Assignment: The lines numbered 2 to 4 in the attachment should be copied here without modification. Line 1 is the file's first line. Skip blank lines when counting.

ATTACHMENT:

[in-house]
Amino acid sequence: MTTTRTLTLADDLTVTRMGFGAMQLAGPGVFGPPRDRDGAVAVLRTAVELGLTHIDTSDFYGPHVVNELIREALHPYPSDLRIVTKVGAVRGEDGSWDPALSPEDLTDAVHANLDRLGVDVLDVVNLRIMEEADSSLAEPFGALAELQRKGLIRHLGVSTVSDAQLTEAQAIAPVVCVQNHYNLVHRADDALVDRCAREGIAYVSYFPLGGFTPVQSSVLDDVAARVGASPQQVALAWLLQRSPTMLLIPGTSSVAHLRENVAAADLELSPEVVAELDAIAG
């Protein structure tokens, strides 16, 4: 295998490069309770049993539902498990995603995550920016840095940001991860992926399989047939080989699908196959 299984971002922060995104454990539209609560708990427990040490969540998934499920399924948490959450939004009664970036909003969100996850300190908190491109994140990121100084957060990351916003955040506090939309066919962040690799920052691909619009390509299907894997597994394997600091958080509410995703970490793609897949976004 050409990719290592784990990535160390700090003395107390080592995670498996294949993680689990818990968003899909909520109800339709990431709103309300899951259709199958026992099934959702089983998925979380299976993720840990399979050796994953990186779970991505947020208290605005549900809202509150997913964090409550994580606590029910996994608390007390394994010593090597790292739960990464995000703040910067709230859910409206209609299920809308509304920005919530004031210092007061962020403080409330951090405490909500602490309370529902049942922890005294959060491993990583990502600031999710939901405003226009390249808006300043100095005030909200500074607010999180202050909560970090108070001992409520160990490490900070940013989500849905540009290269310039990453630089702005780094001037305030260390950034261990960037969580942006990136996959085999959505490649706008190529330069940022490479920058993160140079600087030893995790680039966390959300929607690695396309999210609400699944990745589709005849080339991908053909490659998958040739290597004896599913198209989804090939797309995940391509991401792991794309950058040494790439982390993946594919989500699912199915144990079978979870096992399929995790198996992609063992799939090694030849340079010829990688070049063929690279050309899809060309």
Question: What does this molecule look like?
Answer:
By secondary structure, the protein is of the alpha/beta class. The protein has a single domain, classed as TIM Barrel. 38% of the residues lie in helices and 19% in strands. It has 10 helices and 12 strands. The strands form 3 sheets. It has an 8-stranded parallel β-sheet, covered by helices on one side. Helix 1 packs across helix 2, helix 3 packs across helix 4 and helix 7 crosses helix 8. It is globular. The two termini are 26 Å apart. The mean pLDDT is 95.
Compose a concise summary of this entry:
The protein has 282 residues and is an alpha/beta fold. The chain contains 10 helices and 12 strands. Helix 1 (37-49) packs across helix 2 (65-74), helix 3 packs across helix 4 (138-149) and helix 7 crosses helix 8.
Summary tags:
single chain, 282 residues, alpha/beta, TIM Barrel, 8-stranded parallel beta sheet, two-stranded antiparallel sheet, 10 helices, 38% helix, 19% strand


Amino acid sequence: MTTTRTLTLADDLTVTRMGFGAMQLAGPGVFGPPRDRDGAVAVLRTAVELGLTHIDTSDFYGPHVVNELIREALHPYPSDLRIVTKVGAVRGEDGSWDPALSPEDLTDAVHANLDRLGVDVLDVVNLRIMEEADSSLAEPFGALAELQRKGLIRHLGVSTVSDAQLTEAQAIAPVVCVQNHYNLVHRADDALVDRCAREGIAYVSYFPLGGFTPVQSSVLDDVAARVGASPQQVALAWLLQRSPTMLLIPGTSSVAHLRENVAAADLELSPEVVAELDAIAG
């Protein structure tokens, strides 16, 4: 295998490069309770049993539902498990995603995550920016840095940001991860992926399989047939080989699908196959 299984971002922060995104454990539209609560708990427990040490969540998934499920399924948490959450939004009664970036909003969100996850300190908190491109994140990121100084957060990351916003955040506090939309066919962040690799920052691909619009390509299907894997597994394997600091958080509410995703970490793609897949976004 050409990719290592784990990535160390700090003395107390080592995670498996294949993680689990818990968003899909909520109800339709990431709103309300899951259709199958026992099934959702089983998925979380299976993720840990399979050796994953990186779970991505947020208290605005549900809202509150997913964090409550994580606590029910996994608390007390394994010593090597790292739960990464995000703040910067709230859910409206209609299920809308509304920005919530004031210092007061962020403080409330951090405490909500602490309370529902049942922890005294959060491993990583990502600031999710939901405003226009390249808006300043100095005030909200500074607010999180202050909560970090108070001992409520160990490490900070940013989500849905540009290269310039990453630089702005780094001037305030260390950034261990960037969580942006990136996959085999959505490649706008190529330069940022490479920058993160140079600087030893995790680039966390959300929607690695396309999210609400699944990745589709005849080339991908053909490659998958040739290597004896599913198209989804090939797309995940391509991401792991794309950058040494790439982390993946594919989500699912199915144990079978979870096992399929995790198996992609063992799939090694030849340079010829990688070049063929690279050309899809060309």
Question: What does this molecule look like?